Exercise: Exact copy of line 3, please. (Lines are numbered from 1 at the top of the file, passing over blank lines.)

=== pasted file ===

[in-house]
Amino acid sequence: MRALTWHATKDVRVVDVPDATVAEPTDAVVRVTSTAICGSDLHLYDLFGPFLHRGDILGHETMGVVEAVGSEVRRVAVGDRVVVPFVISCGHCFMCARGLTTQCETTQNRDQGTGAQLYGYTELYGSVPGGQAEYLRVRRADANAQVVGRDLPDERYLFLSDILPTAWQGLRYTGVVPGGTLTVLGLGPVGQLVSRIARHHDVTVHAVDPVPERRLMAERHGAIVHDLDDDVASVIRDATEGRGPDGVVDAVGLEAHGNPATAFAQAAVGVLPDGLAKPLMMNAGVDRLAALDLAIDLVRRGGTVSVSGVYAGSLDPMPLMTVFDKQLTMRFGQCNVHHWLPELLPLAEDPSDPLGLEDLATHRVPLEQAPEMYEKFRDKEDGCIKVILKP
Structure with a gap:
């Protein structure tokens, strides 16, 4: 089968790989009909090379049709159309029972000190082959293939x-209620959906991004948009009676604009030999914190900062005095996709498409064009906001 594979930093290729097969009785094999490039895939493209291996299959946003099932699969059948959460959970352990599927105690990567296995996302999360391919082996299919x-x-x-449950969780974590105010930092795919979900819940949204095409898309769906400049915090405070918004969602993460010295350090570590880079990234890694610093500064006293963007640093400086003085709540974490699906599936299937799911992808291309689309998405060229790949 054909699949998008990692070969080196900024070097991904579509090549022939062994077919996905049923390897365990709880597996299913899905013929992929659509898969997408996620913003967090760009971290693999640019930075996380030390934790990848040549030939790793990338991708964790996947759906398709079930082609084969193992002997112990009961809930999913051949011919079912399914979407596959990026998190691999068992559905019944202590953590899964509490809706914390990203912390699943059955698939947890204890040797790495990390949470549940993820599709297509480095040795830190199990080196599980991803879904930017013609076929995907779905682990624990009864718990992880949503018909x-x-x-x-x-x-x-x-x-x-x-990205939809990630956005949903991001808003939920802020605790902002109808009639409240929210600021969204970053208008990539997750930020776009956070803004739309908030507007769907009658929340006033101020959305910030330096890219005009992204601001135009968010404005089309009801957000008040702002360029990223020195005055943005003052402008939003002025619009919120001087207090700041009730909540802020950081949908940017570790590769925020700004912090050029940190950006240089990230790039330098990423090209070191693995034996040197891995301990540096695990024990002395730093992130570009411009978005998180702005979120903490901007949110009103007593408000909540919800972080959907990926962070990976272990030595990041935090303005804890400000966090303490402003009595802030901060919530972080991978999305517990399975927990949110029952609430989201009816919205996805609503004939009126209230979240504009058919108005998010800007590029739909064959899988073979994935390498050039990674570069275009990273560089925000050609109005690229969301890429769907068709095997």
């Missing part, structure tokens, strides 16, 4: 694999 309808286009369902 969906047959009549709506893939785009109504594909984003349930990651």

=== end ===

Structure with a gap: